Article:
BEEP! Wait, stop right there, did someone say “I can’t handle grad school because I have ADHD and dyslexia”!?
Just so happens that I am a shameless interrupter, and so I walked up to her and said “I’m sorry, but I was totally eavesdropping and I just want to tell you: you can do this”.
She looked really a little startled.
I told her: “This is my last semester and I was just diagnosed with ADHD earlier this year. It really sucked sometimes but I did it. In fact I did it with a 3.8. I basically had a melt down at some point in every semester but you know what…it passes.”
She said “I totally had a melt down weeks ago but I didn’t tell anyone…I just felt so dumb. “
So I asked her what parts she was having a hard time with and we talked for a long time. Predictably she had a lot of difficulty with reading. I know that the same strategies won’t work for everyone but I told her what worked for me, so while I’m in the business of recounting this tale, I’ll map out my strategies here, like I did for her:
1) In grad school, it’s highly unlikely that anyone’s going to quiz you about idiotic little details. So do you have to read all of those heinous articles word for word? Hell no. If reading is as shitty for you as it is for me, print out the article pull out a highlighter and use it to read and highlight just the first and last sentence of every paragraph. Occasionally this might help you get sucked into the reading, but even if it doesn’t it will give you the overview so you can keep up with the discussions.
2) Don’t stress over the stuff you hate…use tricks like the above to keep yourself moving forward until you get to the next oasis of a project that actually interests you where you can hyperfocus to your hearts content.
3) Communicate with people. If you’re having a hard time with your classes, talk to your profs or your advisor about it. They may be able to help you strategize, or connect you with people who CAN help you with that if they just don’t know what to do or say to help you. To my surprise, when I was having a hard time this semester, because of medication problems, I discovered that BOTH of my professors this semester had psych issues of their own and knew exactly what I was going through with meds not working correctly. Which brings me to 4…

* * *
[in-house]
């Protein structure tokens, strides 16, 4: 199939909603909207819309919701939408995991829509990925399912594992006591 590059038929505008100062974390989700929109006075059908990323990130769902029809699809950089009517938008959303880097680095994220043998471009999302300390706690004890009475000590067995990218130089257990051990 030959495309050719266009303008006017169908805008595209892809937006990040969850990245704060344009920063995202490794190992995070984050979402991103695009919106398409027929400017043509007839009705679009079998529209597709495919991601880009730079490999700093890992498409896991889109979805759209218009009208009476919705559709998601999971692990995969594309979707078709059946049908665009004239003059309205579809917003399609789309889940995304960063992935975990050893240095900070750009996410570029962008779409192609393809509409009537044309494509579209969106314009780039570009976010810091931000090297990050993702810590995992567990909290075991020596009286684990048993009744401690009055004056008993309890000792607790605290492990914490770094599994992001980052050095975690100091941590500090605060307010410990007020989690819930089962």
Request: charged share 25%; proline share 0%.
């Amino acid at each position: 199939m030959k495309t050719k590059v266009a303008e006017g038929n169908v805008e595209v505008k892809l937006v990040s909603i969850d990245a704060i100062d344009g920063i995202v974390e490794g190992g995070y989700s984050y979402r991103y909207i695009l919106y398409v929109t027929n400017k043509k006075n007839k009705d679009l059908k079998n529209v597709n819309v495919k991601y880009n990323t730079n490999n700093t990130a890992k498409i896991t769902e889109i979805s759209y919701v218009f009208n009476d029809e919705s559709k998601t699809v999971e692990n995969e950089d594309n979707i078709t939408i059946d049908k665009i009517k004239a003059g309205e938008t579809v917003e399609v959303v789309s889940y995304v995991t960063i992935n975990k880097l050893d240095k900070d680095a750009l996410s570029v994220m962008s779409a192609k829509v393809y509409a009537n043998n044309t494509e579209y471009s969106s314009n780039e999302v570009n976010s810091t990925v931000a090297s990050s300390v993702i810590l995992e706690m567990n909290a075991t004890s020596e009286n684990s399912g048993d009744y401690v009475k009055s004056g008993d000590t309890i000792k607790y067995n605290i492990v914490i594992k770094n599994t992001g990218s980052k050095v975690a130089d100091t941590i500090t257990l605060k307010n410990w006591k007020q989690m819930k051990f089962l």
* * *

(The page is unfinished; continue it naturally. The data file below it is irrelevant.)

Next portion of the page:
4) Don’t assume you’re the only one with these issues. You’re not! Hooray! Doesn’t it lighten the load just knowing that nobody else is normal either? Does for me…makes me see the world as “us and us” not “us and them”.
5) If you’re having a hard time with a group assignment, let your professor know or if you’re comfortable just talking to your group mates about it, then do that. If you have a hard time with some part of the assignment, maybe you can request to work on a part that plays to your strengths?
6) Use your early enthusiasm to your advantage. I pick my topics for the semester’s projects on the first day of class and then spend the next 2 weeks blowing my wad looking for articles for those projects and putting them in a folder so that a few weeks down the road when I’m verging on a melt-down I can talk myself off the ledge with “oh yeah…shit, I really don’t want to do this assignment but I already dug up all the articles”…makes it WAY easier to plan and to get work done as the semester wears on (and oh, how they wear on…).
Do you know how good it felt to be able to say to someone “Hey, I went through this shitty experience and I survived and YOU CAN TOO.”. Do you have any idea how nice it would have been to hear those same words from someone else when I was at the end of MY first semester having a total melt down? It brings tears to my eyes just thinking about it. And do you know how nice it was seeing HER face literally relax as we talked and light up when I said again, before I left (leaving her with my email address in case she needs melt down support down the road): YOU CAN DO THIS.
And she can 🙂